I don't necessarily agree (nor do I necessarily agree with Martin and the other referenced sources) with respect to the basic approach for organizing Team Projects.
The VS ALM Ranger team recently published an MSDN article on Team Project Collections and Team Projects (http://msdn.microsoft.com/en-us/magazine/gg983486.aspx). In this article, we tried
to describe various considerations for deciding when (or wnen not) to combine Visual Studio Projects / Solutions into a single Team Project vs organizing them into separate Team Projects. As Zephan indicated ealier, each Team Project has its own Process
Template. So if you had two project teams, and one wanted to use the MSF for Agile Development v5.0 process template while the second team wanted to use the MSF for CMMI Process Improvement v5.0 process template, then they would each have to be working in
their own Team Project.
Likewise, if you wanted a different security model (where the tech lead of one team with branching permissions in his / her own team project, should not be permitted to branch the code for the second team project, or where developers on one team
are only able to check code into branches in their own team project and not into branches in the second team's team project) - then isolating these two teams into separate team projects might be the answer.
I generally prefer to think of Project Intitiatives (a project with a set of requirements, a plan, a team, a set of milestones, a release schedule, etc that is different from another project iniative in my organization). I like to organize my Project
Initiative into its own Team Project. This offers the advantage that the project team has control over choice of process template, process template customization, work item / work flow customization, report and query customization - and does not need to reach
consensus with other proejct teams on these decisions).
Within the Team Project, I tend to like having a single branching strategy for the project initiative that takes into account how the team develops software (waterfall, iterative, agile, Scrum,etc). As well the branching strategy should take into account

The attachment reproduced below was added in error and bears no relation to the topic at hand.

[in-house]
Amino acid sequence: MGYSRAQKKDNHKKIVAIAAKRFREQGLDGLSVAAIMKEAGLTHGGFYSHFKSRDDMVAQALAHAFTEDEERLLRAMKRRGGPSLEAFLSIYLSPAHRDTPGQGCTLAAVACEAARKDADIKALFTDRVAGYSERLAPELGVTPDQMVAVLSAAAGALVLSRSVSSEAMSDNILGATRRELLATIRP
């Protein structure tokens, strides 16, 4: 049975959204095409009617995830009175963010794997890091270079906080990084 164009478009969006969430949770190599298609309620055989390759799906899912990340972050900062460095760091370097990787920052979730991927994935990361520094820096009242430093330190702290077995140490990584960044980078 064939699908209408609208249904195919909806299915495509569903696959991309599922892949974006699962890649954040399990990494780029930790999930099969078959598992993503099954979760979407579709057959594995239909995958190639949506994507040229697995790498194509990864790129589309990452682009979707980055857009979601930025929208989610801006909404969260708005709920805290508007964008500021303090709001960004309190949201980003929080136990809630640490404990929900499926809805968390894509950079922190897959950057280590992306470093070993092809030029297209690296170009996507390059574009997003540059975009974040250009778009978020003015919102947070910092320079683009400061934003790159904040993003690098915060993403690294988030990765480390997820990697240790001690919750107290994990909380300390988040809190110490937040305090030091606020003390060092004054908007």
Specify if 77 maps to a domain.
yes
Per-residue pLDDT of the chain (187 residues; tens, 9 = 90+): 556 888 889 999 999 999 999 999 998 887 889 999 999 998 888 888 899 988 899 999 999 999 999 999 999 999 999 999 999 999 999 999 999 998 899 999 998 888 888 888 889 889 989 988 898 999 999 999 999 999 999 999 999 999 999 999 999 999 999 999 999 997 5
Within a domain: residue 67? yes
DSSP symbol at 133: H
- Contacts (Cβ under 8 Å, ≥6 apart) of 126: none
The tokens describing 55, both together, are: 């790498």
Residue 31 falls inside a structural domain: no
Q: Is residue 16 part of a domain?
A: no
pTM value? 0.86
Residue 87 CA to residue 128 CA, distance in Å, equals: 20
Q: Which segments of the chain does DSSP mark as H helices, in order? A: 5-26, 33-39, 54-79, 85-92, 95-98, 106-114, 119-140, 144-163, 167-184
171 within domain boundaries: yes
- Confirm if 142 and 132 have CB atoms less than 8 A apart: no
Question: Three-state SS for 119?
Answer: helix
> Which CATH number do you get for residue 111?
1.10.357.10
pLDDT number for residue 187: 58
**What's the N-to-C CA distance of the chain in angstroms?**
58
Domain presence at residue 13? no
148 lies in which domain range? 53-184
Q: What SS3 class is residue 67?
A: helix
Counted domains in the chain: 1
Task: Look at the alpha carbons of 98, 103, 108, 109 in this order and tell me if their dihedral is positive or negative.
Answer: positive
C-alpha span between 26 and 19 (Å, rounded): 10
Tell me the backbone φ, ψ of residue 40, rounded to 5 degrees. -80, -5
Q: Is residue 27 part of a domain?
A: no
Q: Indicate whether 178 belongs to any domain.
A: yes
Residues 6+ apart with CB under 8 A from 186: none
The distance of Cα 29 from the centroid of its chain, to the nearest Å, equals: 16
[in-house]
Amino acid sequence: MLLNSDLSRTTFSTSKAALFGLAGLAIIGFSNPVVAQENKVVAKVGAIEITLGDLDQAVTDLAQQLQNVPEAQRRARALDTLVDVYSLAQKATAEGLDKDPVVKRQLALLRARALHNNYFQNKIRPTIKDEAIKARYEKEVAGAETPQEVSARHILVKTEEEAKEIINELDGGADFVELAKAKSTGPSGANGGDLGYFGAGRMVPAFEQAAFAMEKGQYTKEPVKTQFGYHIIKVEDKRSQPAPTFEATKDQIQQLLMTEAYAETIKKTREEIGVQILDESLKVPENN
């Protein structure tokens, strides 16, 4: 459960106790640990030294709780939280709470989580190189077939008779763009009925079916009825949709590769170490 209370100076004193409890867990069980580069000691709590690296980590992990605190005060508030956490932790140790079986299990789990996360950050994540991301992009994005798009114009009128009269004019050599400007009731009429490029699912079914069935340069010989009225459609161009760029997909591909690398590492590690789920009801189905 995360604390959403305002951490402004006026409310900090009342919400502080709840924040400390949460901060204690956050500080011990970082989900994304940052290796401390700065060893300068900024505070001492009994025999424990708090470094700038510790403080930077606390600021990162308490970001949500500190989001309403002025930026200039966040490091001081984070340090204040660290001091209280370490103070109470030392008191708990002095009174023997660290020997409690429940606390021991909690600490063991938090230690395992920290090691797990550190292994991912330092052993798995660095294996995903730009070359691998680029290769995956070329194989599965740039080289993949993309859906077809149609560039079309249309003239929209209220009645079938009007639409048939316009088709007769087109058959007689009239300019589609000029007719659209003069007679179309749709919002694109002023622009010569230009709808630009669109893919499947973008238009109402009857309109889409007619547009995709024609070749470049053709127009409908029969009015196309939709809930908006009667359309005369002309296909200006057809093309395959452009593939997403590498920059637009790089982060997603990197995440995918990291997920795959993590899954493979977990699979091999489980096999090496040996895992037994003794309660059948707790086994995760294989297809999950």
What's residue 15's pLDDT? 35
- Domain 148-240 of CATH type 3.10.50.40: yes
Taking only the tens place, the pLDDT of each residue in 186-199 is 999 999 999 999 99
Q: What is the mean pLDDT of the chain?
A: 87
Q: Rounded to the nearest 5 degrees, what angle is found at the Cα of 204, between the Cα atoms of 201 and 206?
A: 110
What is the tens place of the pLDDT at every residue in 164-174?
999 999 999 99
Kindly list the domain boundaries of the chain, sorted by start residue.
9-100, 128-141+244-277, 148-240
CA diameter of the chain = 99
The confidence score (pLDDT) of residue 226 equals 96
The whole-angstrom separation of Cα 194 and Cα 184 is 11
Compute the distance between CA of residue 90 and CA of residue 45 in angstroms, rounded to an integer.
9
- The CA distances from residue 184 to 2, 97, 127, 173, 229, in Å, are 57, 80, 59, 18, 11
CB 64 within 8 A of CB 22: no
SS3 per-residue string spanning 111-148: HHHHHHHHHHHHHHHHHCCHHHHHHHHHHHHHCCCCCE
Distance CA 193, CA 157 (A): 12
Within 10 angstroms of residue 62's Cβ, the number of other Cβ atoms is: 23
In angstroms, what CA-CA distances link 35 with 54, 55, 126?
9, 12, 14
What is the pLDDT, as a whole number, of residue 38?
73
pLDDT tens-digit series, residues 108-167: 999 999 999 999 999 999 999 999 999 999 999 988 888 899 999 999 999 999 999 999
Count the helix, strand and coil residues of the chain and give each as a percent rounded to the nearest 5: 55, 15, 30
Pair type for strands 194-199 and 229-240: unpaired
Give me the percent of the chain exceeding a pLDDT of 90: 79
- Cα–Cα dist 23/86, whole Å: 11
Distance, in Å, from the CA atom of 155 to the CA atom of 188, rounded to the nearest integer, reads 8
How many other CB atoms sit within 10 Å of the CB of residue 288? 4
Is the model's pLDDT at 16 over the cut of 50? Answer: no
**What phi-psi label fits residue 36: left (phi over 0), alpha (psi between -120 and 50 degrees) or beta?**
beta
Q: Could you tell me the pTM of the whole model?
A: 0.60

how the team releases and supports software (do they release once every two years, do require sustained engineering - hot fixes and service packs for one or more production releases, do they have four-week sprints, do they have iterative releases. How many
parallel releases do they support. How many service packs per release, etc). When it comes to archiving a the code for a Project Initiative - it is easier to achieve when that Project Initiative has its own Team Project. It is very hard to archive *part* of
a Team Project.
I generally perfer to use the Areas feature of a Team Project for categorizing or organzing the code within my solution - rather than using it to organize multiple teams and solutions which could be in separate Team Projects but we decided to colocate them
within the same Team Project. So although you CAN have multiple Teams working within the same Team Project, and you can use Areas to organize them, I generally don't like this approach. When I want to isolate two teams I like to use Team Projects as my isolation
Having said that, if you like the concept of project of projects and the ease of reporting that you can achieve when everything is contained in one Team Project, by all means follow the suggestions in Martin's two blogs.
It is possible to query and report across Team Projects. It is also possible to branch across Team Projects (for example having shared code in one Team Project and then sharing that code to multiple other Team Projects - leverages the ability to branch across
Team Project boundaries.
From the opposing view point :-)
VS ALM Ranger